Indigo Girls:
                  We have been crushing it with the new band. It feels awesome up there; its the most comfortable and fun I've felt with a group in a long time. I really feel like I'm expressing myself, and I'm having fun playing music. It is the most amazing experience getting to learn from ATLien legends Emily&Amy, and I wish I could personally thank everyone who supports the band and has for years. But for now this will have to do. THANK YOU!!!

Here is a pretty cool video of us playing one of the harder rocking songs we've been doing called "This Train Revised" off of IG's "Swamp Ophelia." Yeah, that is the homie Jaron Pearlman killing it on drums as well as the too-great-for-adjectives Lyris Hung on violin.

Hannah Thomas: 
                  Hannah has been absolutely crushing it! The band, featuring Cooper Carter on guitar and Jaron Pearlman on drums, has really hit a good stride. The shows are sounding tighter and are definitely becoming more fun to play. I'm really starting to experience that transient state when you are pushing yourself musically but really trying to say something within you. It doesn't happen at every gig, so I'm always enchanted and thankful when it comes. I'm really excited for the future of this group.

New March  is a song Hannah just did that I played on. Hopefully its a sign of things to come, because I have a lot of fun with this group. We just filmed a music video too; how could you not enjoy this?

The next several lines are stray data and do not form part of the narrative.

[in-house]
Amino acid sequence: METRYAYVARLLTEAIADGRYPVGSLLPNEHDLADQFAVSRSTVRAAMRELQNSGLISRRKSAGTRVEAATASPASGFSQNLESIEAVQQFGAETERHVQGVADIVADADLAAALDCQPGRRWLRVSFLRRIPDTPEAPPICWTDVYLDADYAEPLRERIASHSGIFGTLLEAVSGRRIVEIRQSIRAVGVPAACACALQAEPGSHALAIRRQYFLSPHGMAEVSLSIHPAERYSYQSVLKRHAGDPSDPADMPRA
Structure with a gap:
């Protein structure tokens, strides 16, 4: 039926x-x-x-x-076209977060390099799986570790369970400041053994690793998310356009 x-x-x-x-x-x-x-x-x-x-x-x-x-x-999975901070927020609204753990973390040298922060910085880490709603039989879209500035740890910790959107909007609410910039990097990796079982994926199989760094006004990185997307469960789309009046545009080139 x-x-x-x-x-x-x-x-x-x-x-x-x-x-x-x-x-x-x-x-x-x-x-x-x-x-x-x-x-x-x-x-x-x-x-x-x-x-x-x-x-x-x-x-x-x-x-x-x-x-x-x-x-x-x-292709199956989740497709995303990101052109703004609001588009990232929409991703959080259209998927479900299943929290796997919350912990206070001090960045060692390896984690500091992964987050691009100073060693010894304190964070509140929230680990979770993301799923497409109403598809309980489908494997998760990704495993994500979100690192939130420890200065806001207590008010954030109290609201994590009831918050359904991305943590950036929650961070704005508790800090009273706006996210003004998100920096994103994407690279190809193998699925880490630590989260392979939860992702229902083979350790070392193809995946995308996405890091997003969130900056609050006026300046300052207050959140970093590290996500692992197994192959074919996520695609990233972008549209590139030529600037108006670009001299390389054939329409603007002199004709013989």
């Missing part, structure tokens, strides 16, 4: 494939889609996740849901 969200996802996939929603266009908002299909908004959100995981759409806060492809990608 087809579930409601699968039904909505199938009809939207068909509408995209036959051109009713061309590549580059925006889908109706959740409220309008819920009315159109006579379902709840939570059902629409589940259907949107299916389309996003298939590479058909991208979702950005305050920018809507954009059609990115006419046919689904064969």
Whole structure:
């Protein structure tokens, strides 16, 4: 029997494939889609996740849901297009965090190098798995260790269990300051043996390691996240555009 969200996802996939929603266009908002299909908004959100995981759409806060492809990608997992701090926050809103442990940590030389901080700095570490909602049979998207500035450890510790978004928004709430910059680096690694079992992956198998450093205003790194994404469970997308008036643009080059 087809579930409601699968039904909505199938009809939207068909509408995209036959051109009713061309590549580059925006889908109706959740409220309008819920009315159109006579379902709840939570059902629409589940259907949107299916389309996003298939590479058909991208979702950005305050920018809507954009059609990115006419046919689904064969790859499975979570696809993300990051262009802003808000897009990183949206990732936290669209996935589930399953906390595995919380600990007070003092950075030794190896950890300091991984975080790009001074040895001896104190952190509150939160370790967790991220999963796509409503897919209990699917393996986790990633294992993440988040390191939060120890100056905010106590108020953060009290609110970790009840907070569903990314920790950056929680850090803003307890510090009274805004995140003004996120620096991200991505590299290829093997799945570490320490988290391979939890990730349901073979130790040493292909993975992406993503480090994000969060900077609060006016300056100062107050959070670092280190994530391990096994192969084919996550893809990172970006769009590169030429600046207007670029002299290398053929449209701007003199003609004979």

I've also played some shows with the MOST talented and CHILLEST dude Conner Youngblood as well as perennial BFFs Jonny & Shim. I'm happy to be play with so many people who's music I like and who appreciate what I bring to the table. It's a far cry from situations I've been in and situations that so many other musicians find, and will find themselves in, in the future.

My to-be-taken-casually advice; work hard and be a good person who stands up for things and falls for nothing.

I've been working hard! Learning a lot of songs ("Ratchet" by Bloc Party is my favorite to jam right now) and trying to branch out a bit. Doing a lot of ear training which is kicking my tush but that which doesn't kill you as a bassist makes you stronger (this might kill me though). But I've been really focusing diligently on the mental aspect of playing music. Or, in an even broader sense, I have been trying to work on being more sensitive to every aspect of my life. I really want my brain to work better, so I am actively pursuing any way to fire up my musical, creative, and disciplined mind.

The main thing I have been working on is not trying to reduce my role in this universe to that of "just another guy." It's true, I am one of several billion, of countless people alive throughout humanity. Even in a grander scale, I am just atoms, of bajillions cagillions (I barely passed college math).

But, in my life, from my perspective, I am really damned important!

Because of that, I'm trying to take care of myself thru exercise and eating correctly. But I'm not just doing boring drudgery like that. I've also bought this MASSIVE hour glass to track my practice time.



Sure, it's silly, but it also somehow makes the experience feel a bit more powerful, special, and fun! I'd recommend that any place that becomes a center of your life, be it social, goal-oriented; any location where you wish to grow and be in the moment, it helps to have physical reminders of what it means to you. Try to work towards making the place more fun to be around; make it inspire you. And get creative. There is no reason and there is no excuse to be "just another girl/guy/robot."

And that isn't silly at all. That's more important than college math.

So go out and realize how epic your life is. You can be the hero, or the villain, but no matter what, you are certainly the protagonist.

I listened to Glen Campbell the whole time I wrote this; his music makes me want to Cowboy Cry,
Benjamin Ryan Williams